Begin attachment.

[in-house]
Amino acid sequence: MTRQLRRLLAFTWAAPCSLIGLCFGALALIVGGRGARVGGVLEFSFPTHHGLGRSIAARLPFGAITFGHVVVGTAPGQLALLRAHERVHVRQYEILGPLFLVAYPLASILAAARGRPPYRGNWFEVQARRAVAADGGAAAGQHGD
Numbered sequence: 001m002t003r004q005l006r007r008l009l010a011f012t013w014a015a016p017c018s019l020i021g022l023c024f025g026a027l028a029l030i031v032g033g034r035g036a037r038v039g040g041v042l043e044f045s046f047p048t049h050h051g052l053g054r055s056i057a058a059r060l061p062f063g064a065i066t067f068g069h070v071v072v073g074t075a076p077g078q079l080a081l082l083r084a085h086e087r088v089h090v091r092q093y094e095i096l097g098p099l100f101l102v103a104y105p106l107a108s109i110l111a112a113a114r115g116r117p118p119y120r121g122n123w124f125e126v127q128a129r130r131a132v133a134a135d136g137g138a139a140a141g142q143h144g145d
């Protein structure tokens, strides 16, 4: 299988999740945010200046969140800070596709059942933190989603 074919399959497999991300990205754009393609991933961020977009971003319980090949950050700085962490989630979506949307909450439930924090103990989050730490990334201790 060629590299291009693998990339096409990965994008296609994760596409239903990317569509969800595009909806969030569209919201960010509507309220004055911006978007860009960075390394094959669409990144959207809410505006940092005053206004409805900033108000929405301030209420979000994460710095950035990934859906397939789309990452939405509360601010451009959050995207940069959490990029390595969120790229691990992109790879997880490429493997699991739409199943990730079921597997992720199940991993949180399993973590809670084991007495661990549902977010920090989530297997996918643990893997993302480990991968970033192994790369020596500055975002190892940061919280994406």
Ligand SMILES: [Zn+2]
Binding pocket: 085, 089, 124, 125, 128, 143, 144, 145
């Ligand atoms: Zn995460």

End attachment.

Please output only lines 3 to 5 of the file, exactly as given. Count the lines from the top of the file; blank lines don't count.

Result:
Numbered sequence: 001m002t003r004q005l006r007r008l009l010a011f012t013w014a015a016p017c018s019l020i021g022l023c024f025g026a027l028a029l030i031v032g033g034r035g036a037r038v039g040g041v042l043e044f045s046f047p048t049h050h051g052l053g054r055s056i057a058a059r060l061p062f063g064a065i066t067f068g069h070v071v072v073g074t075a076p077g078q079l080a081l082l083r084a085h086e087r088v089h090v091r092q093y094e095i096l097g098p099l100f101l102v103a104y105p106l107a108s109i110l111a112a113a114r115g116r117p118p119y120r121g122n123w124f125e126v127q128a129r130r131a132v133a134a135d136g137g138a139a140a141g142q143h144g145d
């Protein structure tokens, strides 16, 4: 299988999740945010200046969140800070596709059942933190989603 074919399959497999991300990205754009393609991933961020977009971003319980090949950050700085962490989630979506949307909450439930924090103990989050730490990334201790 060629590299291009693998990339096409990965994008296609994760596409239903990317569509969800595009909806969030569209919201960010509507309220004055911006978007860009960075390394094959669409990144959207809410505006940092005053206004409805900033108000929405301030209420979000994460710095950035990934859906397939789309990452939405509360601010451009959050995207940069959490990029390595969120790229691990992109790879997880490429493997699991739409199943990730079921597997992720199940991993949180399993973590809670084991007495661990549902977010920090989530297997996918643990893997993302480990991968970033192994790369020596500055975002190892940061919280994406």
Ligand SMILES: [Zn+2]